Preparing your Exchange migration – Checking your size and item count

You’d be surprised about how people use their email as a catch all for everything. In the last 17 years I’ve seen some strange things such as people using their deleted items as their filing area, send items NEVER being attended to and a to z filing systems where most folders are empty…just to name a few. If you are planning your Office 365/Exchange migration and it is the backbone of your migration, you will want everything to go smoothly and thus you will want this piece to show case the fact that moving to Office 365 was a good idea. In a few blog entries I am going to talk about a few pitfalls to watch out for.

Today’s pitfall is knowing that Exchange Online has some limitations that you need to be aware of. If you are working with a company that has been around for awhile, you will have the possible 10-20 year employees that don’t delete anything, and depending on their email activity over the years, they might have a lot of emails and not knowing ahead of time can cause your project some issues or some mailboxes to fail their migration or in the least take a REALLY long time to migrate.

Exchange Online Limitations

There is a great site published by Microsoft that I will publish at the bottom of this article but it’s important to know some of the limitations of Exchange Online/Office 365. I believe that Microsoft has tried hard to even accommodate the edge cases, but there will likely be at least one problem mailbox. The first limitation we want to look at is sheer size of the mailbox and there are two metrics that we will want to consider here (Size of Mailbox and Size of some of the messages). In most cases the max size that Microsoft will support in Office 365 is 50 GB, so make sure that none of your mailboxes exceed 50 GB or plan to keep that mailbox on premise, it might be valuable to consider keeping some of your larger mailboxes on premise as well if they are creeping close to the 50 GB mark. The second and lesser piece to consider is individual messages, this one is a little bit more finicky but shouldn’t be a problem if you’ve managed to keep your attachment sizes either default or manageable in your on premise environment.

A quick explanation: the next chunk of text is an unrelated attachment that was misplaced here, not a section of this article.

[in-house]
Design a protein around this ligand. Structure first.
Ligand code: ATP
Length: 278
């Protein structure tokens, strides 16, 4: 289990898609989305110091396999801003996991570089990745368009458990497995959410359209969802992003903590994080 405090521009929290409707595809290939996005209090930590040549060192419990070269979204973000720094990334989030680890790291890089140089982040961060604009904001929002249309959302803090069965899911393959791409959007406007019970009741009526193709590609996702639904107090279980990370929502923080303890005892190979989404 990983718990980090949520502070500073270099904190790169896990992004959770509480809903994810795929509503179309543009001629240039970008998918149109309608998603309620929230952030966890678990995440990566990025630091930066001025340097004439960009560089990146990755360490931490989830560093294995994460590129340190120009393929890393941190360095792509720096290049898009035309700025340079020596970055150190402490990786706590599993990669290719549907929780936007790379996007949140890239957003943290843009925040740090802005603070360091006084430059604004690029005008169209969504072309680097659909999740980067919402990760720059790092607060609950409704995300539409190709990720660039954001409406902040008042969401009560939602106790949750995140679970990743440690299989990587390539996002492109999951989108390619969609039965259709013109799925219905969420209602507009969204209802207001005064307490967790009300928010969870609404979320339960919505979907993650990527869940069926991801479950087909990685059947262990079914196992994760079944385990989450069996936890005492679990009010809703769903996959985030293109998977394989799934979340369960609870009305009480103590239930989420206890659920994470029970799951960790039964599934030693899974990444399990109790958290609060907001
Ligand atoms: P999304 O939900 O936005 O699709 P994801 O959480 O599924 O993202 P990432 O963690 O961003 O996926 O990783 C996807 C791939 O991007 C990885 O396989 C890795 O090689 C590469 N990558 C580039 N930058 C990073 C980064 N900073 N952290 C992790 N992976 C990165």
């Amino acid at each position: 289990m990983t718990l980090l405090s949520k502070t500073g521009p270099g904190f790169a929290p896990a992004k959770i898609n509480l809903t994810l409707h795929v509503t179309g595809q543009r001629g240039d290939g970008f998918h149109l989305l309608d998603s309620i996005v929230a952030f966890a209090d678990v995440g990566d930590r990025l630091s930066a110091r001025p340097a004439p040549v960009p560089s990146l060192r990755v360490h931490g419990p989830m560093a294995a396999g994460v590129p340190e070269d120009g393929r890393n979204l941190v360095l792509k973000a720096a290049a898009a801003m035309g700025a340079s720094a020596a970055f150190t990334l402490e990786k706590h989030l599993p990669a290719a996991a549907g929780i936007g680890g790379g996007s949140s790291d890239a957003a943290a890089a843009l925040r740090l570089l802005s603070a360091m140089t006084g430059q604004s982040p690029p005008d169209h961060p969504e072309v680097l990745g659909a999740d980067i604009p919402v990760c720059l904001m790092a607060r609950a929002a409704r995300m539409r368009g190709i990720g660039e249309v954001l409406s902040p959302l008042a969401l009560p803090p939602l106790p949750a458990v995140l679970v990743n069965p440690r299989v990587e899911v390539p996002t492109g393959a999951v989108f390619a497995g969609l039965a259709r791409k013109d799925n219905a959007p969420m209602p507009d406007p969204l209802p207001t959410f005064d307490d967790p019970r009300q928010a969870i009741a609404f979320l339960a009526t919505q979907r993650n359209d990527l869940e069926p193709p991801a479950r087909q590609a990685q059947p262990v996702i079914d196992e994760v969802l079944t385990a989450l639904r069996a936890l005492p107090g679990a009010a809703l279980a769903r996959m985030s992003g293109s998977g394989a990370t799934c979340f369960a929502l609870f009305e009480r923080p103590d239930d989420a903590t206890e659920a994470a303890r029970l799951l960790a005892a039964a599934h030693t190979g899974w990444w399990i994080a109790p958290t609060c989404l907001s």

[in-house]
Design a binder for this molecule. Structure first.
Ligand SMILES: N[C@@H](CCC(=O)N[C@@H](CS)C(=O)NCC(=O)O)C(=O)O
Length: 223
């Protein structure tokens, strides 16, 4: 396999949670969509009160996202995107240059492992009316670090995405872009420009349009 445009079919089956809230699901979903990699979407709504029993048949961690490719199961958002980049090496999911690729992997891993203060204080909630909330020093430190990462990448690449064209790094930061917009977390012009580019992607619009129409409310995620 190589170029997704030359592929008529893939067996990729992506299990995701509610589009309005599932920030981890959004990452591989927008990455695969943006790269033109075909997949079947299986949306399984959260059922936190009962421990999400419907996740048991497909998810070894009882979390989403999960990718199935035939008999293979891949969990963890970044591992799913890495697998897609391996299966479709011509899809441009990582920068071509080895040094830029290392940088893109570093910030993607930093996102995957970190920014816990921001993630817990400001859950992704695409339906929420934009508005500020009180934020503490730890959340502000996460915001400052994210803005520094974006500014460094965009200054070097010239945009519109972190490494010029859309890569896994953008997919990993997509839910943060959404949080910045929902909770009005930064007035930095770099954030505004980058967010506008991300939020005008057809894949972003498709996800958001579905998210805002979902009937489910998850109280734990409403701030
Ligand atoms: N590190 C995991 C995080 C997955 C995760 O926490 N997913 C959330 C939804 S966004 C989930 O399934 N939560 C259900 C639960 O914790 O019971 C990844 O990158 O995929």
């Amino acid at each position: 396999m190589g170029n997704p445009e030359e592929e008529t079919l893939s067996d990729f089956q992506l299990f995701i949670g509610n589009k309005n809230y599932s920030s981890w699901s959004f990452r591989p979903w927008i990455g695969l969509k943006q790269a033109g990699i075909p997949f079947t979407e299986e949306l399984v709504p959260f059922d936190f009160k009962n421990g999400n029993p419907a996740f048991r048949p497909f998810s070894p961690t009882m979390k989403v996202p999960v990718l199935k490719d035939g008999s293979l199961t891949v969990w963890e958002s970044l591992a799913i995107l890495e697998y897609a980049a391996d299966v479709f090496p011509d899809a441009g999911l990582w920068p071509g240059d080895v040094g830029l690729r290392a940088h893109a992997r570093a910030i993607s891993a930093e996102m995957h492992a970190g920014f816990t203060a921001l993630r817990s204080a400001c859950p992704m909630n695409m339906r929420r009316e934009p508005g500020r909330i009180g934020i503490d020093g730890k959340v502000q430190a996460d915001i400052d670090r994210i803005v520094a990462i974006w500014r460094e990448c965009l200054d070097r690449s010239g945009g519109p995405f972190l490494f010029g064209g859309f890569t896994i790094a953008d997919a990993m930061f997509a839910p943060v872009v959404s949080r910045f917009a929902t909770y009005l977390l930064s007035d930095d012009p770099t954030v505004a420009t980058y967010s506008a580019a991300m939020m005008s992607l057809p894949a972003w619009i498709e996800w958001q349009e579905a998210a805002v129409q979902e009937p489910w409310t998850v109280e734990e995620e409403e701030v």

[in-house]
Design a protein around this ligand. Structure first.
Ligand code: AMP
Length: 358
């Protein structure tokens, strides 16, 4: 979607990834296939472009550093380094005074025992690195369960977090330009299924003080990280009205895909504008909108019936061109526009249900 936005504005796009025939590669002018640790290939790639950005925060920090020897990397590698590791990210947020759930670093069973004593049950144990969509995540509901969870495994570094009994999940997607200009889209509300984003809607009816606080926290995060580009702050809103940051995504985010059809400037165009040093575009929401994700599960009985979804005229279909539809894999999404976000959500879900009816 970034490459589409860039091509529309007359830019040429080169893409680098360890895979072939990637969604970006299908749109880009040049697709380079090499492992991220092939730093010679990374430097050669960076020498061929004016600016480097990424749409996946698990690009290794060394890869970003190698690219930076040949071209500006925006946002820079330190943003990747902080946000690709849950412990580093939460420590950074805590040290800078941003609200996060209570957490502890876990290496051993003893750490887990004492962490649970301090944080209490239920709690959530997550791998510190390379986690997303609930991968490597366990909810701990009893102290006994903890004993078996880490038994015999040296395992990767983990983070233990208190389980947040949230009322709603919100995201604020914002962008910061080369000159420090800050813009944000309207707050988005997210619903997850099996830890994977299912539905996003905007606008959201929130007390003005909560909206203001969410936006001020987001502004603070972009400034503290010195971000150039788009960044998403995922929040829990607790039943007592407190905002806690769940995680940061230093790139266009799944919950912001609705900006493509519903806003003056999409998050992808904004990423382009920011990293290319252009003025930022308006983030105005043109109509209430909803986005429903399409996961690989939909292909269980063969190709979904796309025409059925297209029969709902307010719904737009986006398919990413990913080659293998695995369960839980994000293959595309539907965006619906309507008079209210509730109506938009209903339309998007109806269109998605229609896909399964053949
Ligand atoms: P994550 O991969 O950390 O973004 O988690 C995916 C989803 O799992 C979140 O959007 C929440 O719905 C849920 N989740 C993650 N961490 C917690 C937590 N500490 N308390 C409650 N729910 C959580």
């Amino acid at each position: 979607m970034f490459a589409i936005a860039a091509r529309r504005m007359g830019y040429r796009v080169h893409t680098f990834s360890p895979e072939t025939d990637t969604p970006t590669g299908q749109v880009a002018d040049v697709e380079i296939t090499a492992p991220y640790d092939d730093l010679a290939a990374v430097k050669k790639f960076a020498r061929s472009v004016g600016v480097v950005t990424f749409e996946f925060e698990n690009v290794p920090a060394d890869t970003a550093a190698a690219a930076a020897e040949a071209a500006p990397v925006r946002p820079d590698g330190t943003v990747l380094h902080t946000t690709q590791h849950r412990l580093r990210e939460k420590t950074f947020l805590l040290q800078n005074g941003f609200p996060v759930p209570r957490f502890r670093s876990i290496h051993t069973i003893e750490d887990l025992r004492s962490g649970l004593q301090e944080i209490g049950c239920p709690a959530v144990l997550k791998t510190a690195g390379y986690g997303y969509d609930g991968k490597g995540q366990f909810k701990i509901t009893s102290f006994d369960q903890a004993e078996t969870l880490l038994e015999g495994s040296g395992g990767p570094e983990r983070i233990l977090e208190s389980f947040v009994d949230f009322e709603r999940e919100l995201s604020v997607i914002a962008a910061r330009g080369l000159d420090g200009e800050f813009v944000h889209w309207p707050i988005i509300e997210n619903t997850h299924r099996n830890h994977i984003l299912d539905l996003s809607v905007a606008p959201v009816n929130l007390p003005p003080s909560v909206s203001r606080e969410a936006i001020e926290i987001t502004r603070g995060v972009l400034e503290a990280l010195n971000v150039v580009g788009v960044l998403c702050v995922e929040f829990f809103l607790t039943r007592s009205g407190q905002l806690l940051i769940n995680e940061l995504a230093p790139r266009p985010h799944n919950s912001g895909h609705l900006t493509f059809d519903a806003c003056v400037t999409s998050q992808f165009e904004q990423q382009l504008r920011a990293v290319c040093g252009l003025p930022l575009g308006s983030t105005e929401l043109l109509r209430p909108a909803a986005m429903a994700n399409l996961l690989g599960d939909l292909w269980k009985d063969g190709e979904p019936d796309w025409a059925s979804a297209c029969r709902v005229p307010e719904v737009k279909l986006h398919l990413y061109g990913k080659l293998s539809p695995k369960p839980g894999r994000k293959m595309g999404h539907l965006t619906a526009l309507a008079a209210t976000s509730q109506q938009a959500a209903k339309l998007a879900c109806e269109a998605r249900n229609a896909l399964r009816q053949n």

Microsoft mailbox size max

Using the following table and all of the tables on the Exchange Online Limitations site, you will notice that you will need to know which version of Office 365 you will be using as the limitations are slightly different for each, in this case most are the same and the hard limit to be aware of is 50 GB.

Microsoft Message Size limits

Another important consideration that I’ve never seen an isssue about, but I really want to draw your attention to the numbers for “Message size limit – Outlook for Mac”. It’s 35 MB, so it’s important to set expectations in your user community that increasing allowable attachment size limitations may cause some issues with Outlook for Mac.

The other number that I’d like to bring to attention is the total message limitations.

Microsoft Item limit

1 million might seem like a large number and to be honest I’ve only come across it once in my IT career. At the same time I’ve come across this once in my IT career and it happens to be with an Office 365 migration. Not knowing this could be the difference between the project floundering and it going completely smoothly.

The full list of Exchange Online Limitations can be found hereĀ

The PowerShell help

PowerShell will be your best friend in this endeavor. You will want to dump a full listing mailbox, mailbox size and item total to an excel spreadsheet. This will help you know what you have, and work through the planning steps to create a successful migration plan.

The command to get a spreadsheet with mailbox name, total items and total size will look something like this

Get-MailboxStatistics -Server mailserver1 | select DisplayName, ItemCount, TotalItemSize | export-csv -path C:\Users\%username%\Desktop\exchangeexport.csv

I can’t say it enough, doing this leg work will help with a successful migration and having to explain the limitations later on. The best projects set expectations and limitations and are proactive to accommodate those findings.


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